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Plunkers rule the Chetco River

On Oregon Waters, Larry Ellis, myoutdoorbuddy.com

ast week Mother Nature provided steelhead anglers the opportunity to deploy several fishing techniques.

From Saturday through Monday, the Chetco hovered between 2,800 and 3,000 cfs, which are perfect water flows for drift boaters to side-drift or pull plugs. It was also choice water for shore anglers to drift-fish Corkies, yarn balls or Puff Balls, all being used with or without roe.

Then on Tuesday, the river decided to respond to the vast amounts of rainfall that occurred during the week and sharply rose to 8,000 cfs, and it kept on rising to 14,000 cfs on Wednesday. At this point the river turned chocolate brown and it became blown out and unfishable - but it didn't remain that way for very long.

Late Wednesday the river started dropping and by Thursday morning, plunkers were again catching steelhead at their usual spots on the Chetco which ranged from Social Security Bar clear up to the boat launches at Miller and Nook Bars.

John Killen from Medford, Oregon limited out on winter steelhead on the Chetco River, photo courtesy of Larry Ellis
John Killen from Medford, Oregon limited out on winter steelhead on the Chetco River last week while plunking a Spin-N-Glo from the bank. Photo courtesy of Larry Ellis

The incredible thing about the flows on Thursday is that the 8,250 cfs water flows provided anglers with picture-perfect slate-gray to pastoral-green water that remained very fishable. And these were really nice fish, averaging between 10 and 12 pounds.

For the Chetco River, 8,000 cfs is usually sufficient enough water flow to blow out the river. But this season, anglers (notably those who were plunking) have been doing quite well with water flows that have exceed 8,000 cfs, mainly because the Chetco has been maintaining high flows in the 5,000 to 9,000 cfs range, and that has kept the Chetco River with perfection visibility for plunking in the 8,000 cfs area.

Under normal water conditions, the Chetco is usually fishable for plunkers when the river is between 4,000 and 6,000 cfs. But this week if there aren't too many torrential downpours, and as long as the river doesn't rise more than 2,000 to 3,000 cfs a pop, I would expect that the Chetco will be quite fishable for those plunking Spin-N-Glos when the river is between 6,000 and 8,200 cfs.

The Chetco River at 8,200 cfs opens up a whole gauntlet of new fishing holes that are not normally accessible during lower water flows, making the river a lot more fun to fish.

With this week's forecast of heavy rain throughout the weekend, I would expect plunking to be the technique that rules the Chetco at least through the middle of the week, possibly even toward the end of the week.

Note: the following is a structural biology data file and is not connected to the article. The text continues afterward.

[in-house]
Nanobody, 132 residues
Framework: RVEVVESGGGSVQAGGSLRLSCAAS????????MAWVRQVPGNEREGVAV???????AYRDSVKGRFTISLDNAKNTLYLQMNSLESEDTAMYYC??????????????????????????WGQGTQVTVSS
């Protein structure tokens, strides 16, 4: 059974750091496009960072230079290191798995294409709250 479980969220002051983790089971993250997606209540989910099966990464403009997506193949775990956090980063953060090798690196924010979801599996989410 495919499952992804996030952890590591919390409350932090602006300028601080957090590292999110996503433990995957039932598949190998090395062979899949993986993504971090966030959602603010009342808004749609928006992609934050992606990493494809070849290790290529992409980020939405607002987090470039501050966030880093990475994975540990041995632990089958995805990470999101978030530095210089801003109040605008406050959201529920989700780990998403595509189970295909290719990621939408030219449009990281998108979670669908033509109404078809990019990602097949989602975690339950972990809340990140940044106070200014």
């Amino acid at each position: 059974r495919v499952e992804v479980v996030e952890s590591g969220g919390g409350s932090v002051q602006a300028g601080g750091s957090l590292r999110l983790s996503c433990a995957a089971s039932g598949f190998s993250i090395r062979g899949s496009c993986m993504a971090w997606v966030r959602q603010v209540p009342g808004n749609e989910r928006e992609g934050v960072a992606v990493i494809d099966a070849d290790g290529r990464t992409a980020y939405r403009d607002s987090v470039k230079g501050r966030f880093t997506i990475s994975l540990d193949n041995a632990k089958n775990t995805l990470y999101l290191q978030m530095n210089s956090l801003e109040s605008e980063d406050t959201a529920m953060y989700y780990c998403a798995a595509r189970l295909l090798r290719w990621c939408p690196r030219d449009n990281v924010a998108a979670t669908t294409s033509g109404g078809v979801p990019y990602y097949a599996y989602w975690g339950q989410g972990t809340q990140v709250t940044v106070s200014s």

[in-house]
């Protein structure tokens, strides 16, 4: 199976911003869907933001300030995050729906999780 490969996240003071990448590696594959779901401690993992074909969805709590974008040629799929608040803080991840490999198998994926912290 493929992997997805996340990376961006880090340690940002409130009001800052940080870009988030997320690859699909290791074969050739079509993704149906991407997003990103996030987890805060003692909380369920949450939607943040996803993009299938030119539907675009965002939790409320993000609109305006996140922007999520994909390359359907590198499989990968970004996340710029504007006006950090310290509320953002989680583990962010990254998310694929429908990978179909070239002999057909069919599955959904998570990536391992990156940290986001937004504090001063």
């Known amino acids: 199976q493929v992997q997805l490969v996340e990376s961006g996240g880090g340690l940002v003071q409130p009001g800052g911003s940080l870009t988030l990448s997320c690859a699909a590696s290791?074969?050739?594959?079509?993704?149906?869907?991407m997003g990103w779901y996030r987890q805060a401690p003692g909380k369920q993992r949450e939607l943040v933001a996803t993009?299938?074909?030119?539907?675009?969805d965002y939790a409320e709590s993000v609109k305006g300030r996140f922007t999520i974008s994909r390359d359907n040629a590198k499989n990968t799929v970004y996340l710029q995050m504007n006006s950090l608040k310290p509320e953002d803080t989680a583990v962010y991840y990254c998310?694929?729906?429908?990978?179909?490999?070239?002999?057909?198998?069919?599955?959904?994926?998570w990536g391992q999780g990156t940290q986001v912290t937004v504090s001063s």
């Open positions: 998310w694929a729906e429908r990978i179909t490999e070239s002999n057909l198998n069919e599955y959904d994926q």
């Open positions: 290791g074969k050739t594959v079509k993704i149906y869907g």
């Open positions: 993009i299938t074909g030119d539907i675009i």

There may be times when the river will blow out, but as long as water flows don't exceed 15,000 cfs, look for those moments on a dropping river when the Chetco approaches 8,000 cfs. If the water has any green coloration to it, by all means break out the plunking box.

If the river contains milky-green colors flowing through any parts of the river, that is snowpack that has been melted, a very good water condition for catching winter steelhead.

Remember that at 8,000 cfs, the fish will be moving up the sides of the river, avoiding the faster water in the middle, so making short casts becomes the norm when the river is high.

But how short is short? Well, I have a theory behind that distance factor.

If the bank you are fishing drops off right away and slopes down to 3 feet you'll be making very short casts to that 3-foot water for your most hookups, and that may only be 6 feet away from the bank.

Now if the bank has a less incline, then sometimes making a cast up to 15 feet from the bank might be the correct call here. You are more or less keeping your eye on the current seams and letting them guide you to make the correct cast, which will be right on the edge of fast and slow water underneath the current seam.

The daily limit for steelhead is 2 fish, of which only one may be a wild winter steelhead. Wild steelhead can be identified by having an intact adipose fin. The rest of their fins also look perfect, having never been rubbed off while running against the concrete hatchery raceways.

So according to the rules, you may keep 2 hatchery steelhead a day, or one wild steelhead and one hatchery steelhead, with no more than 1 wild steelhead a day; 5 per year.

Tight lines!

Larry Ellis, author, writer, columnist and photographer has had a 50-year passion for fishing in California and Oregon's saltwater and freshwater venues. He is a well-known writer for Oregon, Washington and California Fishing and Hunting News, Northwest Sportsman, California Sportsman and Pacific Coast Sportfishing. He currently writes monthly for Salmon Trout Steelheader Magazine, and is the weekly fishing columnist for "On the Water" for the Curry Coastal Pilot Newspaper. He particularly loves living in his hometown of Brookings, Oregon - The heart of salmon country and gateway to fishing paradise. Posted with permission of the Curry Coastal Pilot of Brookings, Oregon


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